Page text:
Life Is Short. Start with Dessert.

A colleague recently asked why his climate talks don’t engage people.

In a way, he already knew the answer. He said he tells the story in the most familiar sequence, which begins with scientific evidence that human activities are changing the global climate. The story then moves through impacts and risk projections, many of which are fairly terrifying. Finally, he said, he talks about “solutions”—meaning ways to respond to the climate threat.

But in the end, he said, his words fall flat. “By the time you get to solutions, people are so traumatized that they just can’t take anything else in.”

Rather than inspiring hope and action, he found that using the most common storytelling sequence demoralizes audiences. And my colleague is a gifted public speaker.

Does the story sequence matter? The answer is yes—and the climate storyline isn’t working.

Climate communicators developed the familiar sequence in collaboration with the science community. I know—I’ve worked on it. Since scientists study change and causality, that’s where the story begins. Scientists also study the impacts of change, so risk projections follow.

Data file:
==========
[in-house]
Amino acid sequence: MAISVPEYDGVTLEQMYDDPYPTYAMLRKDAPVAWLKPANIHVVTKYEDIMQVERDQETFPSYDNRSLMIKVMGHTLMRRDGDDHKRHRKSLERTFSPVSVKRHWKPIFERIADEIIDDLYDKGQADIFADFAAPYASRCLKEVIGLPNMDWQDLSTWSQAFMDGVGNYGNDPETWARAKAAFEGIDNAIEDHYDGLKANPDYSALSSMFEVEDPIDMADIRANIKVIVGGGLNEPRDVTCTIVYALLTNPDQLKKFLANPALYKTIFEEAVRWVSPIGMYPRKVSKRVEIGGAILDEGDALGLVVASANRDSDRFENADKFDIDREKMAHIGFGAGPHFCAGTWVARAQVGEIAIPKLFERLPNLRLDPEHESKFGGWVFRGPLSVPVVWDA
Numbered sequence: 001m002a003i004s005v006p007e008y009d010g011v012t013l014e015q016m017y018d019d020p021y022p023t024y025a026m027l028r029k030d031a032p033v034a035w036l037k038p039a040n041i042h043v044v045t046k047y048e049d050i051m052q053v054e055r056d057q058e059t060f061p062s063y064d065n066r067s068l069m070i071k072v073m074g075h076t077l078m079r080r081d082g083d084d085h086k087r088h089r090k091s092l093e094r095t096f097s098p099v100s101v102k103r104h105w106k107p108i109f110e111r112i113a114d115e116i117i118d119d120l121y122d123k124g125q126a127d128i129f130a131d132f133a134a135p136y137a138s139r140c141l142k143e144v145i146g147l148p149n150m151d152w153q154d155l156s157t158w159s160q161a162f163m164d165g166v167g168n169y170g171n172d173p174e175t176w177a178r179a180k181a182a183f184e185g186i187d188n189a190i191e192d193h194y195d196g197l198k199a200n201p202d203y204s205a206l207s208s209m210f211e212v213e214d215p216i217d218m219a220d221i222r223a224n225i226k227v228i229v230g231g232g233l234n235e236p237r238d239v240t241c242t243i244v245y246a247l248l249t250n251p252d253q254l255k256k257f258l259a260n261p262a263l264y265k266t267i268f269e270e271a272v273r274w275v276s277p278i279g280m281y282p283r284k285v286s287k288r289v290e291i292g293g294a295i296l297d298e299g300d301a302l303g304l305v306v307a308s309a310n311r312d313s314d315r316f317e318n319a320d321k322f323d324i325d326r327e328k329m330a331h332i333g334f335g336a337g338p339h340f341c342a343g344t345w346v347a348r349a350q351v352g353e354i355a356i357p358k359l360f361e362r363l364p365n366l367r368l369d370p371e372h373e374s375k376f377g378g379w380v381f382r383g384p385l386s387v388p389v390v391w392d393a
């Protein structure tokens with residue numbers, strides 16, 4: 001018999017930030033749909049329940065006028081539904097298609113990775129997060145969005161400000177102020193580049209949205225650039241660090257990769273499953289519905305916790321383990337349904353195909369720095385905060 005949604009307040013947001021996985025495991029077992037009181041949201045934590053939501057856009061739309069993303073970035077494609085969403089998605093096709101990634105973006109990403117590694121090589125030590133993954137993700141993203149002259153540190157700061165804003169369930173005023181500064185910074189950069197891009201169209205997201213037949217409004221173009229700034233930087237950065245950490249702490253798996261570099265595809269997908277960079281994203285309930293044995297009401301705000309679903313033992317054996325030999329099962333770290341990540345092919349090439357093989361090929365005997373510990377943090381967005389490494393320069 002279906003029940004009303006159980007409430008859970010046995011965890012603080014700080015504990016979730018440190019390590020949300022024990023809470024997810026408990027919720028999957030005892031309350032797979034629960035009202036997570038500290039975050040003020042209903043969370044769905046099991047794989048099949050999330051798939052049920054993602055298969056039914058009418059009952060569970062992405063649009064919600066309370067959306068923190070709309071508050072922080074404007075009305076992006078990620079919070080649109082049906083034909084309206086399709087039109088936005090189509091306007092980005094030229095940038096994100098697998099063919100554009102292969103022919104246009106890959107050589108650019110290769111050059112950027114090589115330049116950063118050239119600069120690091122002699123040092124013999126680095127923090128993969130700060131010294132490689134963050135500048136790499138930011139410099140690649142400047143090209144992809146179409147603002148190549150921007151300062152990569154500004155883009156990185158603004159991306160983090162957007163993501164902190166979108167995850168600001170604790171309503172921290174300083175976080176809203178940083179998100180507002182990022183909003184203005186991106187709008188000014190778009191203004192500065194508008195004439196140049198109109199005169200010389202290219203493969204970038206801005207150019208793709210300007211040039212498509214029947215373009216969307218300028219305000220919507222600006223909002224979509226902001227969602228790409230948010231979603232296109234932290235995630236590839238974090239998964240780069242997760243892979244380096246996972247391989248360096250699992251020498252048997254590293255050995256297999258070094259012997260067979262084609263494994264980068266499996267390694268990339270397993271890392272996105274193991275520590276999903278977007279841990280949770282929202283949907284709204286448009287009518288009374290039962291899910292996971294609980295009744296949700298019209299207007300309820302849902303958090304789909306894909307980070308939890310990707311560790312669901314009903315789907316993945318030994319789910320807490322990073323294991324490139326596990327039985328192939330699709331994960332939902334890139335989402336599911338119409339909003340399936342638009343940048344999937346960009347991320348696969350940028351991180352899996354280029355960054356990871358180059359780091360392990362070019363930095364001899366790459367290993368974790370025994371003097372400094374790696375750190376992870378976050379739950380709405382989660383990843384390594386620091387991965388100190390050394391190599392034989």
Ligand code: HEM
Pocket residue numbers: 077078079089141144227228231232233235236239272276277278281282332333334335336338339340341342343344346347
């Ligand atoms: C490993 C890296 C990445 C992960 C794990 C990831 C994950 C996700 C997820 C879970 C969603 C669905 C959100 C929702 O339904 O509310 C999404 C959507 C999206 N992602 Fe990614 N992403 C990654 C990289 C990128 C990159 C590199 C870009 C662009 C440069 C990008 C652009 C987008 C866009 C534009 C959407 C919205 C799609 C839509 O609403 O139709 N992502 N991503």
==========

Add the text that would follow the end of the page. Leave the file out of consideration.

The sequence is reflected in public exhibitions and major assessment reports from the IPCC, National Academy of Sciences, U.S. Global Change Research Program, state and local governments and elsewhere. It’s a great sequence for reference documents and science education, but it doesn’t work so well for public engagement.

As my colleague discovered, devoting so much attention to evidence and risks can leave audiences feeling hopeless and disengaged.

Basic communication practice suggests that communicators should turn this sequence around. The fundamental lesson in how to engage audiences effectively is to begin with your listener’s interests and concerns, not your own. This puts the listener at the center of the story and allows you to engage in dialogue that means something to both parties.

As I thought further about my colleague’s question, I realized that I used a very different sequence when I wrote The Green Edge for business managers. I learned the hard way that opening a business conversation with climate science drives people out of the room. They see climate science as disconnected from their day-to-day concerns, and many view the climate issue as inappropriately political.

In reality, business managers, not scientists, are the heroes of an engaging story about the climate crisis. At the end of a good story, it’s the audience that takes action.

Who are these heroes? Business managers are overwhelmed by practical concerns about budgets, schedules, logistics and personnel. So we should start by considering the practical value in the climate change story in the workplace.

With the business crowd, the brand integrity and financial angles on carbon cutting are very compelling, so this is a good place to begin. This means starting at the end of the traditional storyline, where audience members are already seeing the co-benefits of effective action.